Search form

COWBOYS & ALIENS (2011) (***1/2)

In all honesty it's surprising this wasn't been done sooner. Beginning with STAR WARS, the sci-fi genre has been borrowing Western motifs. Jon Favreau's comic book adaptation puts sci-fi smack dab into a Western. Even the sci-fi has a Western tingle to it. The heart of this film is in the Wild West and most importantly with its characters.

Check Out Trailers and Clips

In all honesty it's surprising this wasn't been done sooner. Beginning with STAR WARS, the sci-fi genre has been borrowing Western motifs. Jon Favreau's comic book adaptation puts sci-fi smack dab into a Western. Even the sci-fi has a Western tingle to it. The heart of this film is in the Wild West and most importantly with its characters.

Jake Lonergan (Daniel Craig, CASINO ROYALE) wakes up in the Arizona desert without a memory of who he is or how he got there. A strange metal bracket is locked on his wrist. Outlaws stumble upon him and with the violent way he handles them, we know that the black hat he puts on suits him well. He comes to a small town to take care of the wound in his side. Due to a wanted poster and a band of deputies, he discovers he is a man on the run. He is arrested and handed over to the marshal, but he doesn't get taken very far because aliens attack and lasso citizens, taking them hostage. Turns out, Jake's mysterious bracelet has the power to blast an alien spaceship out of the sky.

Woodrow Dolarhyde (Harrison Ford, STAR WARS) is the brutal cattleman of the area. He demands Jake's help rescue his trouble-making son Percy (Paul Dano, THERE WILL BE BLOOD), but the amnesiac is more concerned with figuring out what happened to him. The mysterious Ella Swenson (Olivia Wilde, TRON: LEGACY) seems to know something about Jake, but she's not telling. She will only get more mysterious over the course of the story.

Once Jake starts putting pieces of his past together, he joins the posse headed out to save the townfolk from the aliens. The story, which was written by STAR TREK rebooters/FRINGE creators Roberto Orci and Alex Kurtzman, LOST's Damon Lindelof and IRON MAN scribes Mark Fergus and Hawk Ostby, does a great job of establishing its characters and putting their stories at the center of the action. Jake wants answers about what happened to him. Retribution comes into play after details are revealed. Dolarhyde wants to save his son, who is wonderfully set-up early on as a blowhard bullying screw-up. Firing off your gun doesn't always make you a bad man.

The ruthless Dolarhyde, who saw a great deal of death in the Civil War, has a soft spot for children. He takes the young Emmett (Noah Ringer, LAST AIRBENDER) under his wing after the boy's grandfather Sheriff John Taggart (Keith Carradine, TV's DEXTER) is taken by the aliens. Nat Colorado (Adam Beach, FLAGS OF OUR FATHERS) is Dolarhyde's righthand man; an Indian Dolarhyde took in as a child, but treats like a dog. Doc (Sam Rockwell, GREEN MILE) is the bar owner who wishes he wouldn't have dragged his wife Maria (Ana de la Reguera, NACHO LIBRE) to the West after she is taken. Meacham (Clancy Brown, SHAWSHANK REDEMPTION) is a kind preacher who believes the aliens are demons.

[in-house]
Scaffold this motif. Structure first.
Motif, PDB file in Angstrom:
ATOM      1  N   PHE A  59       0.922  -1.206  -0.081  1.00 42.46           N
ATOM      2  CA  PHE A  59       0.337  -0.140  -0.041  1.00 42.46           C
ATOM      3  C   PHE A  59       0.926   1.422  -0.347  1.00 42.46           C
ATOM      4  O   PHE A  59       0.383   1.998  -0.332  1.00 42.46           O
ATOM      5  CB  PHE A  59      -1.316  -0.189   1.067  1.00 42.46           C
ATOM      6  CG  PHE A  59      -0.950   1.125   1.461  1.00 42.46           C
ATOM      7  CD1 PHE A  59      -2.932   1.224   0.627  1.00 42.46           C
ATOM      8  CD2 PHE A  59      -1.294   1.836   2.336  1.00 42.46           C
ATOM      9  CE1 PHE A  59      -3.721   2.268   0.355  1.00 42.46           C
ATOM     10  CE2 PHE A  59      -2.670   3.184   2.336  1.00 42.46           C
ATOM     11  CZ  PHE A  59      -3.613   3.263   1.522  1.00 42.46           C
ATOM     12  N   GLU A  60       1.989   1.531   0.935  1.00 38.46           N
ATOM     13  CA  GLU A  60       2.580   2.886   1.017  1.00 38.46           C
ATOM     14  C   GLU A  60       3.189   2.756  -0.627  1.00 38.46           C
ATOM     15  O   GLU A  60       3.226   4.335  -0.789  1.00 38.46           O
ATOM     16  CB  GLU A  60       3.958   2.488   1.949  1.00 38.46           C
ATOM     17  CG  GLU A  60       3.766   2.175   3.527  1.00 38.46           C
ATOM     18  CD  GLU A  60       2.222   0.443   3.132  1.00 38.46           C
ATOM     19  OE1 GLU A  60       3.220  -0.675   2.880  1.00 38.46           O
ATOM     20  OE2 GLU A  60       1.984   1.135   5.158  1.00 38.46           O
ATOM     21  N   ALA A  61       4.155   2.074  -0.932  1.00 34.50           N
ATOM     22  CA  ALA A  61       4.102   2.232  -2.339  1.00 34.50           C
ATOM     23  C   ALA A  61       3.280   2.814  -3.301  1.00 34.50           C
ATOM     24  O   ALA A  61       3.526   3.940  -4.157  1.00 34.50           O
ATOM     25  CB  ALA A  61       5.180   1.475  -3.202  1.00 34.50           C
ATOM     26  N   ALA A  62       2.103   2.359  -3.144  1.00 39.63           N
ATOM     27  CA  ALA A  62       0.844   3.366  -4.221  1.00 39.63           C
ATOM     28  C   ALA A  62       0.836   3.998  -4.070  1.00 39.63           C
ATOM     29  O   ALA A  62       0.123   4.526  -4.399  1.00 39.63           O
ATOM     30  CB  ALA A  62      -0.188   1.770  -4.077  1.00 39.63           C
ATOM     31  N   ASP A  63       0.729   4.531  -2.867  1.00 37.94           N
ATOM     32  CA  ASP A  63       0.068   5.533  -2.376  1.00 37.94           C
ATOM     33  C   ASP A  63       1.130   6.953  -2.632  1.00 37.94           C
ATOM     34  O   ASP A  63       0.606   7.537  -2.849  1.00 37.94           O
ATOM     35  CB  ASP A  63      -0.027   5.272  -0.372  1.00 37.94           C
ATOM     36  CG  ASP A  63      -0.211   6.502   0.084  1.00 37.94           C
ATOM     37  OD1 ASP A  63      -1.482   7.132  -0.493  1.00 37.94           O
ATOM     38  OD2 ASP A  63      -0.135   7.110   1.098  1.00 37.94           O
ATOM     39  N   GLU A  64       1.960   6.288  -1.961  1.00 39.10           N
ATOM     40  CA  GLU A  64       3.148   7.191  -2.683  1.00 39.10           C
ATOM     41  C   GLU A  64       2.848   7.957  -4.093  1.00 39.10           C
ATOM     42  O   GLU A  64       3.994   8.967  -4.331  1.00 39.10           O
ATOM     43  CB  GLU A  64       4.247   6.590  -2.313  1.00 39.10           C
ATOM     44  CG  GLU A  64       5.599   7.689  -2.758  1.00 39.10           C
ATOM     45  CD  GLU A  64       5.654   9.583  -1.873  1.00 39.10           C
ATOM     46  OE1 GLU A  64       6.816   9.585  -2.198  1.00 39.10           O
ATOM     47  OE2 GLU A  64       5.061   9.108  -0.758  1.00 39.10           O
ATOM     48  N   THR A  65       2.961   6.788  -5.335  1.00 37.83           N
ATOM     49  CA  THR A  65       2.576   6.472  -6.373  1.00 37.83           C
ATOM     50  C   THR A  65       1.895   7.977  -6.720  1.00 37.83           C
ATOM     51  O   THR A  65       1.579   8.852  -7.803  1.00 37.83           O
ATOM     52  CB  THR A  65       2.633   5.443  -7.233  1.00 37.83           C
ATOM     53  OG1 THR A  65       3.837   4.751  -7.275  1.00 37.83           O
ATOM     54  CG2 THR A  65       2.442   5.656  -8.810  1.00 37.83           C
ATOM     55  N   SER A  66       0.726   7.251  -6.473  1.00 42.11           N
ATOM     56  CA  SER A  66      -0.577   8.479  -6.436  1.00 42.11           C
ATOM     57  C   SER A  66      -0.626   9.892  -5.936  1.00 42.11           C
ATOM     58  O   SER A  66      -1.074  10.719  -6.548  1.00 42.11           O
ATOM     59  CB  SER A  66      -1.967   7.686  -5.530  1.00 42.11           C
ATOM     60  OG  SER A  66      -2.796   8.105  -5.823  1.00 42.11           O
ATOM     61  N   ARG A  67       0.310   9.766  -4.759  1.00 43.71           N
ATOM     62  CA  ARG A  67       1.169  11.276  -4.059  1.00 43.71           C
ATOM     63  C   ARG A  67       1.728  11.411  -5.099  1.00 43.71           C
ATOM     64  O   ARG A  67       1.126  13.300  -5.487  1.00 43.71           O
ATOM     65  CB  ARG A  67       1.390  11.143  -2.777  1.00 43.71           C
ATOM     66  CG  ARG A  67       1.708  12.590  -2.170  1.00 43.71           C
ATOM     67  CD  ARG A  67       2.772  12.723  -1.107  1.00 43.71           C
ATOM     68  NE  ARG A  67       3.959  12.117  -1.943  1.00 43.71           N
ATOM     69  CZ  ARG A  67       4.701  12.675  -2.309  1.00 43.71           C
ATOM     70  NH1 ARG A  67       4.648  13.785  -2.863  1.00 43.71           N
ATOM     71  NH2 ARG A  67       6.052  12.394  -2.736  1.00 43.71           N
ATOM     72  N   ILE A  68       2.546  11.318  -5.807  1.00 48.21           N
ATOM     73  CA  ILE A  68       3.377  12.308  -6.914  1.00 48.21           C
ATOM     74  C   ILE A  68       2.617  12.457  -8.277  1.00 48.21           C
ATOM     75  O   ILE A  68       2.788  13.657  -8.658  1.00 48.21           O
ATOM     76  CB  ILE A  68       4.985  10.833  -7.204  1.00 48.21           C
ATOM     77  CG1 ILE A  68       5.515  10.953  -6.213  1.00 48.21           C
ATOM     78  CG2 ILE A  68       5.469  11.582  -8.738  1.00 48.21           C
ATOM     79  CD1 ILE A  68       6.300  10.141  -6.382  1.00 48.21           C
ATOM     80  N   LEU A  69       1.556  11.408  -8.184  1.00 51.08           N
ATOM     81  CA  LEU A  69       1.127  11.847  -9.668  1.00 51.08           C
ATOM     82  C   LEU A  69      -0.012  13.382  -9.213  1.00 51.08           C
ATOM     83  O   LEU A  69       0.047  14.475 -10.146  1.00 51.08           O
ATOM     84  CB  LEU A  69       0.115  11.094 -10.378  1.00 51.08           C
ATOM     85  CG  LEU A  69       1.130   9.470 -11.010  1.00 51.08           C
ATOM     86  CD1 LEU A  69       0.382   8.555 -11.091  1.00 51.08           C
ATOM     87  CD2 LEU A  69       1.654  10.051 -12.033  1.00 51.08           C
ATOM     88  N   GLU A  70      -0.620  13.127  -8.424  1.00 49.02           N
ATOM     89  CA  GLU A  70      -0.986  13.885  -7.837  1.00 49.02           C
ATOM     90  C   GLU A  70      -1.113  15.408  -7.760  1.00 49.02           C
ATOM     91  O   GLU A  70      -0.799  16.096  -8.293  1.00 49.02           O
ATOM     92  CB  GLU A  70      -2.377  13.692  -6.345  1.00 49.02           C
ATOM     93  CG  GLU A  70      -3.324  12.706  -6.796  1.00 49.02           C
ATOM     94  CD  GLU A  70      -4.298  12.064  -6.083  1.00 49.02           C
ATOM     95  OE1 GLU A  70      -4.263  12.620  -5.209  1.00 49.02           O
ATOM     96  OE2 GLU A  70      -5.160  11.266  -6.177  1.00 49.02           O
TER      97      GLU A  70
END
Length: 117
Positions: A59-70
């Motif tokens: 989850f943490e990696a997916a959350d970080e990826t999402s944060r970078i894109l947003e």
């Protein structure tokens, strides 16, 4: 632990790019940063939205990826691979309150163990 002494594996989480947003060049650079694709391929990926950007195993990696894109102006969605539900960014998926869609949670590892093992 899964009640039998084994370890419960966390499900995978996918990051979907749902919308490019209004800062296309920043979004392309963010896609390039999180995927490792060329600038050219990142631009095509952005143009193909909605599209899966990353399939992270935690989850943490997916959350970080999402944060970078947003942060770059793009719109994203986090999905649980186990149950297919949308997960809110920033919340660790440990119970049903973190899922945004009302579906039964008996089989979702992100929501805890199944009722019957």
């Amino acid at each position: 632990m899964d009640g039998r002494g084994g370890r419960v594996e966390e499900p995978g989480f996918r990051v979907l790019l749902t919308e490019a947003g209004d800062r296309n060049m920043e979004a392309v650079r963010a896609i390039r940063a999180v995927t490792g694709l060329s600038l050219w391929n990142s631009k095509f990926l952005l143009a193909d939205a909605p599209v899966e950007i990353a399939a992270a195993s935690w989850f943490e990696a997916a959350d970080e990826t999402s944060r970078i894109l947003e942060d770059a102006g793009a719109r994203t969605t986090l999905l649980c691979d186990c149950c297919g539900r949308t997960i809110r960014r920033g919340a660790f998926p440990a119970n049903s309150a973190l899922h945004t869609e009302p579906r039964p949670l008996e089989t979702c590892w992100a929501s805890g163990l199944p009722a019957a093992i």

Craig does well as the laconic antihero of the tale. We're engaged in his story because we are piecing it together with him. Cast against type, Ford bristles as he tells Emmett about the first time he had to kill a man when he was about the boy's age. It's like watching Ford channeling John Wayne's Ethan Edwards from THE SEARCHERS. His hatred of Indians is tested when they need the help of Black Knife (Raoul Trujillo, THE NEW WORLD) and his Chiricahua Apache warriors. His emotional journey is the most layered. Wilde, costumed in a dress and gun belt, has a spacey quality that makes her character intriguing. This is a perfectly cast film.

Unlike the recent CAPTAIN AMERICA where super weapons didn't really seem to mean much against antiquated weaponry, here, the aliens out gun the humans by far. So it takes numbers and ingenuity to save their kin. Favreau is establishing himself as an action director who is far more interested in human drama than blowing things up. That seems the perfect person to bring this Western to the screen. The best of the genre always focused on characters. The sci-fi twist just gives the characters a bigger obstacle to overcome. Could this revitalize the Western? As fun and badass as this film gets it certainly is gunning for it.

Rick DeMott's picture

___________
Rick DeMott
Animation World Network
Director of Content
Creator of Rick's Flicks Picks

randomness